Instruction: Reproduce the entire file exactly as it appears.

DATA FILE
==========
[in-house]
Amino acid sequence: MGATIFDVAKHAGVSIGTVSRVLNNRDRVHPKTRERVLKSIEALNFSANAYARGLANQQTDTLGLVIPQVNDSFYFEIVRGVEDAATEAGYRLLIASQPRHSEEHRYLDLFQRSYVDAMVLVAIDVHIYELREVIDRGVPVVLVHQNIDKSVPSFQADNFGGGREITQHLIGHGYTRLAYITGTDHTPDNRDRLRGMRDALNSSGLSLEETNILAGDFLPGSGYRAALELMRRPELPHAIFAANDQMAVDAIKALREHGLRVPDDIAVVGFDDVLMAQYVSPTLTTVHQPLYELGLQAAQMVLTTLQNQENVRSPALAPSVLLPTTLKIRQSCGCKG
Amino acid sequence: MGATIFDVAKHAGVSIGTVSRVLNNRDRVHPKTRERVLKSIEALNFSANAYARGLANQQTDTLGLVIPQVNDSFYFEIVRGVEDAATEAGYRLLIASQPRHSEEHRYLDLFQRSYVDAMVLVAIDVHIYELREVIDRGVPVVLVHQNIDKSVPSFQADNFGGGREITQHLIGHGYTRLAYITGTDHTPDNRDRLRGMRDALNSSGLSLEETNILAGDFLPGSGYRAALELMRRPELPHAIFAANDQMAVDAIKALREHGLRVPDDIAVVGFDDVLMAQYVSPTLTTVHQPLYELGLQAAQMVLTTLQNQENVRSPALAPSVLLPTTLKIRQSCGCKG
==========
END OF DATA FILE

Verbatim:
[in-house]
Amino acid sequence: MGATIFDVAKHAGVSIGTVSRVLNNRDRVHPKTRERVLKSIEALNFSANAYARGLANQQTDTLGLVIPQVNDSFYFEIVRGVEDAATEAGYRLLIASQPRHSEEHRYLDLFQRSYVDAMVLVAIDVHIYELREVIDRGVPVVLVHQNIDKSVPSFQADNFGGGREITQHLIGHGYTRLAYITGTDHTPDNRDRLRGMRDALNSSGLSLEETNILAGDFLPGSGYRAALELMRRPELPHAIFAANDQMAVDAIKALREHGLRVPDDIAVVGFDDVLMAQYVSPTLTTVHQPLYELGLQAAQMVLTTLQNQENVRSPALAPSVLLPTTLKIRQSCGCKG
Amino acid sequence: MGATIFDVAKHAGVSIGTVSRVLNNRDRVHPKTRERVLKSIEALNFSANAYARGLANQQTDTLGLVIPQVNDSFYFEIVRGVEDAATEAGYRLLIASQPRHSEEHRYLDLFQRSYVDAMVLVAIDVHIYELREVIDRGVPVVLVHQNIDKSVPSFQADNFGGGREITQHLIGHGYTRLAYITGTDHTPDNRDRLRGMRDALNSSGLSLEETNILAGDFLPGSGYRAALELMRRPELPHAIFAANDQMAVDAIKALREHGLRVPDDIAVVGFDDVLMAQYVSPTLTTVHQPLYELGLQAAQMVLTTLQNQENVRSPALAPSVLLPTTLKIRQSCGCKG